The end is in sight?

Those moments are becoming more frequent lately. I’ve got a good-enough structure and have thrown enough drafts in the fire that the past couple weeks I’ve been able to live by the rule that helped me bring MMT home in the midst of a life thrown into chaos: Spend the first moments of the day generating a modest number of well-written words (then relish in having made some progress).

On the last year of working on MMT, that was 250 words, sometimes in as little as fifteen minutes. I’m trying to attack this one a little more aggressively, hoping for about 500, even if it takes a couple hours.

Like a JPEG being downloaded by a dial-up modem, I can see the book in low-fidelity. If I were a linear person, I could probably write a whole outline. But I’m always looking for that feeling of discovering something just a little out of reach of my immediate conscious awareness. So, I switch back and forth between assembling something like an outline, and trying to lay down words that make sense.

That gives me a familiar feeling: I’ve reached the point that, when I’m trying to write about, say, an apple, I’m not trying to tell you about the color and texture and taste of the apple all at once, as I did early on in the project. Instead, I’m telling you about the color of the apple, and in the moment a thought about the texture comes, I say to myself, “Ah! Now is not the time to tell about that. That will go in the section about texture.”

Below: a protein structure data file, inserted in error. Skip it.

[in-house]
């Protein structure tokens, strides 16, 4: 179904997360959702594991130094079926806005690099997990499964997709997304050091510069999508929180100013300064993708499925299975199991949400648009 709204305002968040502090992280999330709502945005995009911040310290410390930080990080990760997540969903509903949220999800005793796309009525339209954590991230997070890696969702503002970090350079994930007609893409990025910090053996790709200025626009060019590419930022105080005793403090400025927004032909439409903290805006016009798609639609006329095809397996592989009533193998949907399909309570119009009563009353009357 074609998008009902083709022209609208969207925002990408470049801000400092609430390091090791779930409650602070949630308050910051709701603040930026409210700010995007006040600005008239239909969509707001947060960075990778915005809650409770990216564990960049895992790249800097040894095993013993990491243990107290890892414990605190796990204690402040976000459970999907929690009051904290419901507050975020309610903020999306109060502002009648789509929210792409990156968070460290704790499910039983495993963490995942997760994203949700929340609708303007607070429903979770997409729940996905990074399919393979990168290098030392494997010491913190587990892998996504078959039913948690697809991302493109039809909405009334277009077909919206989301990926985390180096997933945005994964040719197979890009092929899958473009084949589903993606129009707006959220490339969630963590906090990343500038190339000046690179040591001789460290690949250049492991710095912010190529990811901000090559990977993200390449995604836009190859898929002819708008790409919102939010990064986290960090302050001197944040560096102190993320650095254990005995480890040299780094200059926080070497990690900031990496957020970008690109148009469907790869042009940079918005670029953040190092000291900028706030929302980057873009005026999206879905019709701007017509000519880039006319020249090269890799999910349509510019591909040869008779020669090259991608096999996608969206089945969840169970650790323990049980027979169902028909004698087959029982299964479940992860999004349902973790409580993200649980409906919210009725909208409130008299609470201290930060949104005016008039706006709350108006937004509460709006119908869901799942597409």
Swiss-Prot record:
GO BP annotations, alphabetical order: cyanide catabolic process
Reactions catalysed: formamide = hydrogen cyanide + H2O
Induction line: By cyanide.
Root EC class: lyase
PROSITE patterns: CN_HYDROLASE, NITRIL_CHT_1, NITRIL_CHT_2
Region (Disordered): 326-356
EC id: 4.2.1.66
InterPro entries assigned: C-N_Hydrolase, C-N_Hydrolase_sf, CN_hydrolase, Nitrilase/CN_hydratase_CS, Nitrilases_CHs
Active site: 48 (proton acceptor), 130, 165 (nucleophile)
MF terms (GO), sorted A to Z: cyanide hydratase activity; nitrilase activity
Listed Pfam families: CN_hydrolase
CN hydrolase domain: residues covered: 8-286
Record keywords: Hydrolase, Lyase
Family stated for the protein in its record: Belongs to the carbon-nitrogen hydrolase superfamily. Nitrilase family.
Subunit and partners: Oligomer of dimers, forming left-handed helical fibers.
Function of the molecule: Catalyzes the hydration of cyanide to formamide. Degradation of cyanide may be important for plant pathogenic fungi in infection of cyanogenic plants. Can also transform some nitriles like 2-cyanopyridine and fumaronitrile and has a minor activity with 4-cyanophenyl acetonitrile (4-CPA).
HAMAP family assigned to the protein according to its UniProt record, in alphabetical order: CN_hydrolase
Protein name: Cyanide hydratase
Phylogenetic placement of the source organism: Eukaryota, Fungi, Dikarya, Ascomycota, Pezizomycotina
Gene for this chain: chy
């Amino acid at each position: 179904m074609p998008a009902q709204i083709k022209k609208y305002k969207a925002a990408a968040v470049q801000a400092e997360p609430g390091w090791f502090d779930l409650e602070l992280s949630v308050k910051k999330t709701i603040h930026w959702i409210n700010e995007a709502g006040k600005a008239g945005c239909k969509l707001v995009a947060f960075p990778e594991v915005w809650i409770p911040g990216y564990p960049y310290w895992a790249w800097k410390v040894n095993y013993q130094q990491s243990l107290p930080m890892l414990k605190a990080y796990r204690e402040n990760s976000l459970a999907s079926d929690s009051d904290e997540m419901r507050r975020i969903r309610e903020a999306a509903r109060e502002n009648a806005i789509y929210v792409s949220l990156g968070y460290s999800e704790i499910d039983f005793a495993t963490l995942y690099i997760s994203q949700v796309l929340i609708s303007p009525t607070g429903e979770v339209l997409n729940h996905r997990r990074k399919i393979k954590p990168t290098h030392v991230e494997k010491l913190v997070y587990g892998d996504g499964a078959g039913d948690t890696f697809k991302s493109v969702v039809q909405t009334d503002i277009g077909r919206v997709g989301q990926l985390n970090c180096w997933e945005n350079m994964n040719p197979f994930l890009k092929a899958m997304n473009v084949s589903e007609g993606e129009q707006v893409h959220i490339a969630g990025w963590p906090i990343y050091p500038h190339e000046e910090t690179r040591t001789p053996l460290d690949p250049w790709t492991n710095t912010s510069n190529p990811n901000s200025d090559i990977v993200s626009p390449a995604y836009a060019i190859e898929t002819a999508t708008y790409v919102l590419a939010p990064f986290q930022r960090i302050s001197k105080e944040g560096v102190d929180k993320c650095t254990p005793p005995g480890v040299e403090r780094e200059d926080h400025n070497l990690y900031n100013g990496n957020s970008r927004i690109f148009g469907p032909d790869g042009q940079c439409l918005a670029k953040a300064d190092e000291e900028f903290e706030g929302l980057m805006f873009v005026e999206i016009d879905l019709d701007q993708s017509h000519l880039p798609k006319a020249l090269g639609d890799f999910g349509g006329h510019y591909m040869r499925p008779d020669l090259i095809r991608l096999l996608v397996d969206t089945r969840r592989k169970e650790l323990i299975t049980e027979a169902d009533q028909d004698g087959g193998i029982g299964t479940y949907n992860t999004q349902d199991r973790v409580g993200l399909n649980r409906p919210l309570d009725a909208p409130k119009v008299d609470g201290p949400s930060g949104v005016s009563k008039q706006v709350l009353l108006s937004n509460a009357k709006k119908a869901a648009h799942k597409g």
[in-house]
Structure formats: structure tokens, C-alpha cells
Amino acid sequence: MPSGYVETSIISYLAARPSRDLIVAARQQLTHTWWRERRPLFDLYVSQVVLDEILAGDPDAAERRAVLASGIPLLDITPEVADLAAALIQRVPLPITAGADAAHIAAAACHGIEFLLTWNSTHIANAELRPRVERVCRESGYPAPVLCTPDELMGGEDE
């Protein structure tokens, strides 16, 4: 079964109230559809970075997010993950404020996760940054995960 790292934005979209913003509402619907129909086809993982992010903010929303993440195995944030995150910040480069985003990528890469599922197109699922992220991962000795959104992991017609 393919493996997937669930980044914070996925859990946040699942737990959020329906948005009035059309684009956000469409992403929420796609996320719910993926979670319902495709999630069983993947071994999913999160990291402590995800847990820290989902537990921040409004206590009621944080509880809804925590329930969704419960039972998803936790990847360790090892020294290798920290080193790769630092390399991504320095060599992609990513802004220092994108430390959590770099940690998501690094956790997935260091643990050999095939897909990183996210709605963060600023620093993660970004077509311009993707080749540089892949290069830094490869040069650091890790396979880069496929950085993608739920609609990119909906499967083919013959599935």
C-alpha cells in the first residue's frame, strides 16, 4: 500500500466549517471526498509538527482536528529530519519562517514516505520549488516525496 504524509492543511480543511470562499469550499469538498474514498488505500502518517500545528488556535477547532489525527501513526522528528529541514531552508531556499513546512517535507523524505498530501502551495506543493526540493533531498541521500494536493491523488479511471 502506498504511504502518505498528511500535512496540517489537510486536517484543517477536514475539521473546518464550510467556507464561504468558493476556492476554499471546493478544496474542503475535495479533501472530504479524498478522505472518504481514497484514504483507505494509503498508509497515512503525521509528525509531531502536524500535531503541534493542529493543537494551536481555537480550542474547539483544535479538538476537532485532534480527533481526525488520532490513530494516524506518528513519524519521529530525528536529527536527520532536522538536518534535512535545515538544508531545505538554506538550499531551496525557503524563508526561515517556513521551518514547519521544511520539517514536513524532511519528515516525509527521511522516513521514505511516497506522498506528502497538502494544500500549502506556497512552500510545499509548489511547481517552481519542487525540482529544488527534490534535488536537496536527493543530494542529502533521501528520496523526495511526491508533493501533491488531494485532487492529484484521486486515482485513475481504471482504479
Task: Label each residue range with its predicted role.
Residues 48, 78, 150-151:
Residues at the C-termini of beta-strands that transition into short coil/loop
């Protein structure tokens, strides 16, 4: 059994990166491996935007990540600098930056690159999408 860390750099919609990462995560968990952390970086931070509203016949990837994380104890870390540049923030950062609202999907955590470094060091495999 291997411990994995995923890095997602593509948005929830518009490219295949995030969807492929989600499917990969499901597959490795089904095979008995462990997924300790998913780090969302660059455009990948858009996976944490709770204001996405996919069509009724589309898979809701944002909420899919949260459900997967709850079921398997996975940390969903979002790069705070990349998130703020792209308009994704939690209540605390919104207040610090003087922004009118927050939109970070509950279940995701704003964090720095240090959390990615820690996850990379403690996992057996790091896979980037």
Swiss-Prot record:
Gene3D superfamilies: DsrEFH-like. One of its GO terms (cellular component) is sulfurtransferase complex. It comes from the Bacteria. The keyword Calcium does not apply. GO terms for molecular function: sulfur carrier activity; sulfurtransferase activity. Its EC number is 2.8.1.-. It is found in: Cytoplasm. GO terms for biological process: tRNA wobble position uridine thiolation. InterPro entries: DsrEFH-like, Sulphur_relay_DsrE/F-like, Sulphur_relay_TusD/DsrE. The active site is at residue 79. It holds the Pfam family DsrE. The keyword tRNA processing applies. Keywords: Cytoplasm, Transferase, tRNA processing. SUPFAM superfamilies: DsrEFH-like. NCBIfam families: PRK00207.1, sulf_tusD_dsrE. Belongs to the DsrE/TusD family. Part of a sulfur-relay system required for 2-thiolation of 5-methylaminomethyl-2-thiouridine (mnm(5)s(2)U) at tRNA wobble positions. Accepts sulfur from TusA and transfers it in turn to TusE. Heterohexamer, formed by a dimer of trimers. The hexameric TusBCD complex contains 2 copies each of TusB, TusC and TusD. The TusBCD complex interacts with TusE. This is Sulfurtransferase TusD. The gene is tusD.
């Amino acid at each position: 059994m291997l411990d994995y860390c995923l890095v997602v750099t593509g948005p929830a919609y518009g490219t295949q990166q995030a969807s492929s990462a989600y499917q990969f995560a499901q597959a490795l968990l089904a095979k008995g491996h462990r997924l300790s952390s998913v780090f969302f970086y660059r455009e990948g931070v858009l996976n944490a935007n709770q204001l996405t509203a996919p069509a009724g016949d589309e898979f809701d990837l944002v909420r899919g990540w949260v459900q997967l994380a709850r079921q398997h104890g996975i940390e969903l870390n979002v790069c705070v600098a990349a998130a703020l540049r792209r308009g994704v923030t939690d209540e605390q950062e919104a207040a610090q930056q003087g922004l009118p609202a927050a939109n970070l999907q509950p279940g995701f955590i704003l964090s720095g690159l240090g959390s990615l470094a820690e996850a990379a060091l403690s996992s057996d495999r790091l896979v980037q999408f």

Which is to say, I think it’s now mostly about putting down the words. So that’s what I’m doing.

And in the meantime, revenues are down.

Direct sales high (relatively)

While revenues are down overall, revenue from direct sales are creeping upward. I had some of the highest revenue from direct sales in a long time: $386. The last time I made more than that was in June 2020, when I brought in $1,780, for the Preview Edition of MMT.

$100 of that was from the sales I made at the RAVE event in Las Vegas. You’ll also see $50 in Event Fees, to account for the fee for the table. I also had to pay $8.38 in sales tax at the end of the event, which I’m simply not accounting for.

How to account for direct sales?